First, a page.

Actions to take in a share price mini-crash

  • By Saidur Rahman

  • October 11, 2018
  • 7:45 pm BST

Whether you’re forex trading, trading shares or CFD trading, the market will go against you at some point simply because markets are erratic by nature. A share price can fall sharply in a matter of hours not because of any logical pricing factors or market data, but on what seems like a whim. It’s every trader’s dilemma: what should you do when these mini crashes come? Do you double down on your position, calmly walk away from it by selling or conceding a loss, or ride out the storm?

Take the example of what happened to Tesla a few weeks ago, when Elon Musk tried to teach short sellers a lesson. The Tesla CEO posted a cryptic tweet about his intention to take the company private at $420 a share. He followed this up by taking a few drags of cannabis during a live podcast a few days later. The market reacted wildly in both cases. It’s been noted that just as Musk was fueled by short seller disdain, they were eager to leave him with the short end of the stick in either case in return!

In other words, the subsequent share price following each incident had very little to do with proper analysis, the future of Tesla or market fundamentals. However, there was sentiment involved in the sense of personal sentiment regarding the CEO. This is hardly a technically sound driver of share price decisions, but that’s how the market works sometimes. How should you handle your portfolio of shares, CFDs or forex transactions in a similar situation?

A trading strategy that could help you in a mini-crash scenario

Here is a balanced strategy for moving forward, whether it’s in the context of CFD trading advice, forex trading advice or share trading advice:

● Positions even out over time, and going with the mass gut feeling is sometimes overly and prematurely reactive. Look for good deals or positions to enter elsewhere while staying put on the losing position.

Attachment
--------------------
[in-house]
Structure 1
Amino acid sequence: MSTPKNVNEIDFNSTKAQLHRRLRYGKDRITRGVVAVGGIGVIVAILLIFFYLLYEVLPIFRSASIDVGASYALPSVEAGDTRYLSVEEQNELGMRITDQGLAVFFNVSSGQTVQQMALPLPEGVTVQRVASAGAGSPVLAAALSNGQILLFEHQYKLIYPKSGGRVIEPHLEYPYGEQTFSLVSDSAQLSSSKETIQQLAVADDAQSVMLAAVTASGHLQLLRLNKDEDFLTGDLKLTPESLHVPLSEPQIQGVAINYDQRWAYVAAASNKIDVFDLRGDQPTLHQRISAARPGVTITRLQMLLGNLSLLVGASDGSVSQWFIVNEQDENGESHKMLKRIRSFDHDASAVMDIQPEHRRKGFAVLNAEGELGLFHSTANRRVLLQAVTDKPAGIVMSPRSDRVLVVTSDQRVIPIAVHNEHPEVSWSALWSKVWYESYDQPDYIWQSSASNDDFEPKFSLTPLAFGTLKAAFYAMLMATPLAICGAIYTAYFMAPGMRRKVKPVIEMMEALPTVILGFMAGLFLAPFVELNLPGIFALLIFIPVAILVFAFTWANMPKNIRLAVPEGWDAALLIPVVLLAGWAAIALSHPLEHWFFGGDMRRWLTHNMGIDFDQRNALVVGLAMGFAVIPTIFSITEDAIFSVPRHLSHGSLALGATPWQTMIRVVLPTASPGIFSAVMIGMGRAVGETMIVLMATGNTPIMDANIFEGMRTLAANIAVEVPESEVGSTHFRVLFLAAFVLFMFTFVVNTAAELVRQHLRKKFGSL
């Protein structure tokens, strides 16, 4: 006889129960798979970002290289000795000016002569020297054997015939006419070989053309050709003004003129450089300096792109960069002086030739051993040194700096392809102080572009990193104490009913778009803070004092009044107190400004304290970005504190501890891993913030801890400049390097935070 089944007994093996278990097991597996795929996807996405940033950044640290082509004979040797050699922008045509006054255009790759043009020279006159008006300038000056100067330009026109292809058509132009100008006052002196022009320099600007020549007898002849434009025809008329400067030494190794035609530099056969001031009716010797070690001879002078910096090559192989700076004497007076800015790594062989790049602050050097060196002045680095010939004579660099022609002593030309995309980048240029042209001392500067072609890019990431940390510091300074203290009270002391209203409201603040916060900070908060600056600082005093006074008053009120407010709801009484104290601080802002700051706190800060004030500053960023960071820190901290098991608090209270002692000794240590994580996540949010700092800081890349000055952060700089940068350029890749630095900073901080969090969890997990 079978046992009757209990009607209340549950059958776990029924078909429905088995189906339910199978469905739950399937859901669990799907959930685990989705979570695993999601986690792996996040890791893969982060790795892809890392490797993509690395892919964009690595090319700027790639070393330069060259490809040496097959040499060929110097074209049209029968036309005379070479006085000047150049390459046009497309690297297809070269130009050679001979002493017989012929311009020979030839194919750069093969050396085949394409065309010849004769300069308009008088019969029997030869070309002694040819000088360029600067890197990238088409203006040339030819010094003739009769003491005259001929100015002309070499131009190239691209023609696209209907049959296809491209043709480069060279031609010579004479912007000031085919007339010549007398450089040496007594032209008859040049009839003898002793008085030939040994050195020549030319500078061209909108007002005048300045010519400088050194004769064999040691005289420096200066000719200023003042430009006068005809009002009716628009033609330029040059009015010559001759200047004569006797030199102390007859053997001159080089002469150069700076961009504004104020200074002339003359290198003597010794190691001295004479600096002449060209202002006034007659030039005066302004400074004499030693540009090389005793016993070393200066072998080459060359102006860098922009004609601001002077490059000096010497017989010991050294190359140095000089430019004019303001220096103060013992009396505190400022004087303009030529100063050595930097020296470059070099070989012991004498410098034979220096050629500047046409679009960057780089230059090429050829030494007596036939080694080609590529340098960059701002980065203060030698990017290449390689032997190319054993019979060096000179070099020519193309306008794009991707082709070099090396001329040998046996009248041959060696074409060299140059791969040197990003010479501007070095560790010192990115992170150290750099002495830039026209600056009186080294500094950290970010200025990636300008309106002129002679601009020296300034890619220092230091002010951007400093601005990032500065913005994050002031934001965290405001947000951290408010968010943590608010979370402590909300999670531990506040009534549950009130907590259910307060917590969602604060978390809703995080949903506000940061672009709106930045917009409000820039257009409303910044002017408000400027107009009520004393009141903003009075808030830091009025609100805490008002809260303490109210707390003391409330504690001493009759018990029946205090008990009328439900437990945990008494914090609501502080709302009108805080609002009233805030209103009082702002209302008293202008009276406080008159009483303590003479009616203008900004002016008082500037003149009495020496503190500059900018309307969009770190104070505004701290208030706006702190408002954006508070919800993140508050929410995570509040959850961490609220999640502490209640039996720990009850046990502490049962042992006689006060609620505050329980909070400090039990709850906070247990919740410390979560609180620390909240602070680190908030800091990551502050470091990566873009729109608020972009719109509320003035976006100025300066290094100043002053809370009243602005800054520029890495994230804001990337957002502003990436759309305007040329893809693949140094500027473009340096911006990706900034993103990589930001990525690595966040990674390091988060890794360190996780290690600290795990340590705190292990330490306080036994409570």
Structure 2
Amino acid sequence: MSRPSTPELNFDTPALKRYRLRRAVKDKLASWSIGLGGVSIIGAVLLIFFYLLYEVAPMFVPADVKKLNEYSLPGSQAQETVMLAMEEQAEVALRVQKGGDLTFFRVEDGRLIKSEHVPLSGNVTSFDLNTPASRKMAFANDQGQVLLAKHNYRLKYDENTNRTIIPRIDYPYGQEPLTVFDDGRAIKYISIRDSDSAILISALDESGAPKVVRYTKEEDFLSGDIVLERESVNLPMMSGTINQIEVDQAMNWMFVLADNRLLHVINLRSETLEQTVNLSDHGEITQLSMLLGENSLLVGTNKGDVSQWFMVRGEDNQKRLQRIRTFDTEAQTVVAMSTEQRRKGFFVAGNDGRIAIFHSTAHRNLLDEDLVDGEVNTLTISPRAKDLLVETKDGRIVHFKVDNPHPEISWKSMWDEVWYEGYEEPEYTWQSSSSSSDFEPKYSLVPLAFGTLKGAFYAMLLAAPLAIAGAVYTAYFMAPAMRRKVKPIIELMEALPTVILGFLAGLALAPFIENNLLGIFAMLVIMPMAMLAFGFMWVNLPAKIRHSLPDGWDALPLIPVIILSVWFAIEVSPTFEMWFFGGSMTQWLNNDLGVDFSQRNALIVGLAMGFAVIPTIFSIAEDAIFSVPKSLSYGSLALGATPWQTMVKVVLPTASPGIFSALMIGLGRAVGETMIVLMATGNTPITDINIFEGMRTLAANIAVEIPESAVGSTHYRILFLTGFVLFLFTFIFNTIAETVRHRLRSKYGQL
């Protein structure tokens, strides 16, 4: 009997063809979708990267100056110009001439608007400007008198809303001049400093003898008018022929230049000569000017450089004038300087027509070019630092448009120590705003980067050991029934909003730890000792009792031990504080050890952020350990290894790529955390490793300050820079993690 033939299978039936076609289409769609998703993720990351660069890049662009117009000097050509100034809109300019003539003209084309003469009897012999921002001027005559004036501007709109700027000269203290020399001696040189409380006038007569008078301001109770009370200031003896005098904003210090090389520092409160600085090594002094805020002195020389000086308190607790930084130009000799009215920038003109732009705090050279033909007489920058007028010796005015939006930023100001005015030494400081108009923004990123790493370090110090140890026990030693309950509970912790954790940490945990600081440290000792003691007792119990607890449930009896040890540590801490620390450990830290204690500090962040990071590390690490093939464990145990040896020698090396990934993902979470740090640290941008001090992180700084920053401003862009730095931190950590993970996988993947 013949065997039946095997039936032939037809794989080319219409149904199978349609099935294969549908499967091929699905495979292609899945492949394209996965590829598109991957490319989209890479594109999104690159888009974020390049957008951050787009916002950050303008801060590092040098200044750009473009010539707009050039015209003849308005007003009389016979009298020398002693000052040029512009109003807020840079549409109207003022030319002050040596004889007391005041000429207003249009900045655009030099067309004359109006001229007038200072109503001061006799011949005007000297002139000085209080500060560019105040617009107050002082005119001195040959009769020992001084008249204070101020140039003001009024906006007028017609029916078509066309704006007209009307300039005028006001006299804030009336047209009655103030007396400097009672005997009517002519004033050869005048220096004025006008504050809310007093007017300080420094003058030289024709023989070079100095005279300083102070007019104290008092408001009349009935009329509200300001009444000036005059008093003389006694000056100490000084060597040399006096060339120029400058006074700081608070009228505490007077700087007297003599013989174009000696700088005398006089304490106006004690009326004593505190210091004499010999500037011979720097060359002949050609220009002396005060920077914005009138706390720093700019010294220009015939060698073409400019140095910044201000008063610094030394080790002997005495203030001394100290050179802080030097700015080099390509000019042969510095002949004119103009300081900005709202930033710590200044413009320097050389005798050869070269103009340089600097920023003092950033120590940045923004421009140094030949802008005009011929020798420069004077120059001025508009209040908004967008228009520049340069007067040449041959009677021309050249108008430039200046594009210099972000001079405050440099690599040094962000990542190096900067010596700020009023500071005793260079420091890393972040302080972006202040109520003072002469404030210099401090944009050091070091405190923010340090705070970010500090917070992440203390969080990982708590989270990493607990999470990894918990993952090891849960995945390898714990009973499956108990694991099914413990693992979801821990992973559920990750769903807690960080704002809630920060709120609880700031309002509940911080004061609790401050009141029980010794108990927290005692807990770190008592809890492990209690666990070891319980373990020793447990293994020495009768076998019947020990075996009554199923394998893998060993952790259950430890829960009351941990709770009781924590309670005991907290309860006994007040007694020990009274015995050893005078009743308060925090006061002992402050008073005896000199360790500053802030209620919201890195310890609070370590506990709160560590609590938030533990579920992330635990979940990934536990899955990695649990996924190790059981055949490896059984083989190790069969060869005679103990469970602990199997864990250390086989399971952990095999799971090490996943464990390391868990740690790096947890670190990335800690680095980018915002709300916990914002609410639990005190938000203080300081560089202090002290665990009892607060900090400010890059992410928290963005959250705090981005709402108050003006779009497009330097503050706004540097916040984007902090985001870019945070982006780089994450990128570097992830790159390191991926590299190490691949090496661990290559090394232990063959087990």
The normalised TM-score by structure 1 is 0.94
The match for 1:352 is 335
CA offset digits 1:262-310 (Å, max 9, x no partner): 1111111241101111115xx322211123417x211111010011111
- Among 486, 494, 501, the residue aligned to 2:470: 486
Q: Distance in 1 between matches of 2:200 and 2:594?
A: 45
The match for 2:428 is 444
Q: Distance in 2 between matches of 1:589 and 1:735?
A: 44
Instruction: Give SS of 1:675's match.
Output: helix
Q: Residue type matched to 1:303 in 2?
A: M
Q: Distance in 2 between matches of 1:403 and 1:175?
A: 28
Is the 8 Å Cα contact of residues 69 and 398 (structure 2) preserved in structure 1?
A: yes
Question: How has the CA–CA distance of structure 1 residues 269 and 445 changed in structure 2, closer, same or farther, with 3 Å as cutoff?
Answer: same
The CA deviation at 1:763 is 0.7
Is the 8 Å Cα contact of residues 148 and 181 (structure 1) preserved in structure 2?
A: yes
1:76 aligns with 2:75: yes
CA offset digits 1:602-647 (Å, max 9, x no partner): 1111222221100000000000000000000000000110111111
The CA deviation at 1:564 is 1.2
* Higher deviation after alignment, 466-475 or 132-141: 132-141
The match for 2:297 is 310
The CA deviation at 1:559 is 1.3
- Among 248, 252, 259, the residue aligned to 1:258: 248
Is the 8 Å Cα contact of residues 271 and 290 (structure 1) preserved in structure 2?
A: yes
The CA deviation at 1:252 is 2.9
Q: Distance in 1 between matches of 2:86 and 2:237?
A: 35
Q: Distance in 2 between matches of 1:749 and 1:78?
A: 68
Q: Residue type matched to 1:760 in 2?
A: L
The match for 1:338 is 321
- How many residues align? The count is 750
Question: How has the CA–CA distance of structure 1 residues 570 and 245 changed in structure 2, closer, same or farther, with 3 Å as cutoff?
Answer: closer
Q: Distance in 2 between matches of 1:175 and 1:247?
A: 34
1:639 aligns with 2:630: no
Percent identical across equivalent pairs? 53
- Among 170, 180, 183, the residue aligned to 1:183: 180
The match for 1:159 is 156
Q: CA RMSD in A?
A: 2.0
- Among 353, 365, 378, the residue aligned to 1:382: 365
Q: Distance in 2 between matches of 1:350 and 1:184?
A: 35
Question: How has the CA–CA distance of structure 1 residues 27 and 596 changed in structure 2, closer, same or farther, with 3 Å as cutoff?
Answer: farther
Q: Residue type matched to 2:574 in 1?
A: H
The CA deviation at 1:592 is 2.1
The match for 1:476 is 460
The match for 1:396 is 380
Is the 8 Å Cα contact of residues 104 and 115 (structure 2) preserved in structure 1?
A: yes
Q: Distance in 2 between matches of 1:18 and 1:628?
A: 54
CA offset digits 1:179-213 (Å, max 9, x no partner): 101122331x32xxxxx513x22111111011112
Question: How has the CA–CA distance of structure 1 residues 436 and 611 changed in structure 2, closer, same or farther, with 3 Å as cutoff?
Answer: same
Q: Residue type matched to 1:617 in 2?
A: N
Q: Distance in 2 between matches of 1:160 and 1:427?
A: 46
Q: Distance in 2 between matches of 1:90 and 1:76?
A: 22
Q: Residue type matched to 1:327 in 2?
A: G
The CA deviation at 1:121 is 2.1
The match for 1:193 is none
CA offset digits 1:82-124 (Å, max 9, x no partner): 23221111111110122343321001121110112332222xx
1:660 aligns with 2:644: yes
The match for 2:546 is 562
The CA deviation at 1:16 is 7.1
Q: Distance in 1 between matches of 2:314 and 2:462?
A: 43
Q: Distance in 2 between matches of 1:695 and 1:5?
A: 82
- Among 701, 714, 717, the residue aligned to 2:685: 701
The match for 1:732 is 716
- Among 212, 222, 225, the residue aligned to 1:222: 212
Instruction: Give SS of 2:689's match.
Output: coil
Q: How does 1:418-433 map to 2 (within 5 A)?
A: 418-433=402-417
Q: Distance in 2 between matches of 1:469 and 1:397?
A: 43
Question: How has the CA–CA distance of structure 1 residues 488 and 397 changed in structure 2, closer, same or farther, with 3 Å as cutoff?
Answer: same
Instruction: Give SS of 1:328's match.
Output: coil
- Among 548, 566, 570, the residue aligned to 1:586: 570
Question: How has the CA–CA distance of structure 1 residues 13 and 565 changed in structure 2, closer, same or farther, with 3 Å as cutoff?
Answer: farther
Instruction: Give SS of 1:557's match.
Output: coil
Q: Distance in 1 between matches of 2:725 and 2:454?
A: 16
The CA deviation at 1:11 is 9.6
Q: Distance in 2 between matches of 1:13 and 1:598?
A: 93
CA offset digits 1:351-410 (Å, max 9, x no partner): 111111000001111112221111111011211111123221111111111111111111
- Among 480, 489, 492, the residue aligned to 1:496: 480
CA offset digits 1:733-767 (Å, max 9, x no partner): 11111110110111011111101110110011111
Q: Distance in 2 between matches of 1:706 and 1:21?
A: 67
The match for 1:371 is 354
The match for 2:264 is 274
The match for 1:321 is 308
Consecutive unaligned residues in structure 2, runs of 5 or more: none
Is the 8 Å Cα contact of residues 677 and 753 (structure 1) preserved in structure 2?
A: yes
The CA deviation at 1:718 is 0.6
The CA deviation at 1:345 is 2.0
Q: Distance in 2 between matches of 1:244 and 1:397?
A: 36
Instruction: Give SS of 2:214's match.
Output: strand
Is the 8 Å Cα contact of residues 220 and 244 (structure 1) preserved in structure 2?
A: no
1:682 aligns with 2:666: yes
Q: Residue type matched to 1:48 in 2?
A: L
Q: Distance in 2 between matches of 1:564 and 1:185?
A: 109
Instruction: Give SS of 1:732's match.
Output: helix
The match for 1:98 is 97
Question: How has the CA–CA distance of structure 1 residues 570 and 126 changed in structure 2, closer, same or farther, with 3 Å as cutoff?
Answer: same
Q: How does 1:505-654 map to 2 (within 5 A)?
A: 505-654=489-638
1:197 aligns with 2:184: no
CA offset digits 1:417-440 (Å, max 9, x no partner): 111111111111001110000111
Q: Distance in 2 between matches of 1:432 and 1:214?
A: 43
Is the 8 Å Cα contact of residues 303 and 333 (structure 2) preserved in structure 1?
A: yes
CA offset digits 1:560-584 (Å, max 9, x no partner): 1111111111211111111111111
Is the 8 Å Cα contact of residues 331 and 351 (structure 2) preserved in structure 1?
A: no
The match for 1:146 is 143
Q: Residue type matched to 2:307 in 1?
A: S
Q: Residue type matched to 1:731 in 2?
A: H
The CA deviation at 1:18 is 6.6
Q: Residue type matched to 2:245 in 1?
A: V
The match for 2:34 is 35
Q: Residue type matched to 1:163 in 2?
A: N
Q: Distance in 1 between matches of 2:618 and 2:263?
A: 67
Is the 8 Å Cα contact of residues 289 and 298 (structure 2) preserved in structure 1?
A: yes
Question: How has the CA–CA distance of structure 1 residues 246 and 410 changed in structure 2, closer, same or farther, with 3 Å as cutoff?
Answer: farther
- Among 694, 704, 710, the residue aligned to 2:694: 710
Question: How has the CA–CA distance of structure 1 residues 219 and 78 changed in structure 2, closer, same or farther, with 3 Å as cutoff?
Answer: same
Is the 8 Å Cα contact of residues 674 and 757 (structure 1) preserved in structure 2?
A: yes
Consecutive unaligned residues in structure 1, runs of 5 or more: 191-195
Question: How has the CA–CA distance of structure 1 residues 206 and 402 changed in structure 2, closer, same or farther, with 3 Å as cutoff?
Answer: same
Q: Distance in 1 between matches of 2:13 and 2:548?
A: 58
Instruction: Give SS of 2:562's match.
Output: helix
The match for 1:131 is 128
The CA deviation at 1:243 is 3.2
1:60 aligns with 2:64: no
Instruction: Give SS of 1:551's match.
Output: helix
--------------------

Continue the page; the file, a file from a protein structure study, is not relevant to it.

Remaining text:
● Double down on winning stocks or a winning position rather than acquiring losing shares cheaply. Of course, you could do both; it depends on the context. The advice that you should buy shares other traders dump to make a quick profit isn’t cut and dry, and that’s the whole point. When adding to winning stocks, make sure it’s from a winning company; there must be a correlation.
● Here’s when to add to your original position: The long-term prospects are good despite what’s happening in the interim. Some say Tesla is an example of this.
● Do not add to your position hastily, and do not wrangle your way out of it immediately. Keep in mind that your good trades will outweigh your bad ones most of the time, given enough time. If you have enough time, use it to study what’s happening so you learn from it in the future.

Pros and Cons

In the markets, as in life, there are no neat, definitive answers that always prove correct. On one hand, you could miss out on great bargains by not picking up cheap stock or entering a losing position knowing there’s a great chance it will swing your way. On the other hand, you could stay in a bad deal or position for too long, incurring unnecessary losses, when you could have spared yourself at least some depreciation.

Ultimately, there is no shortage of great opportunities on the market in any given scenario. The trick is diversifying enough and exposing yourself to more potential opportunity, not less. In a truly diverse, properly considered portfolio, the gains will inevitably outweigh the losses, and this will happen consistently over time.

Where can you find the next good opportunity? Emerging tech startups are a good place to start in many cases. The next big buzzword is “trillion-dollar technology”. If a tech billionaire is investing in it, you should probably follow suit.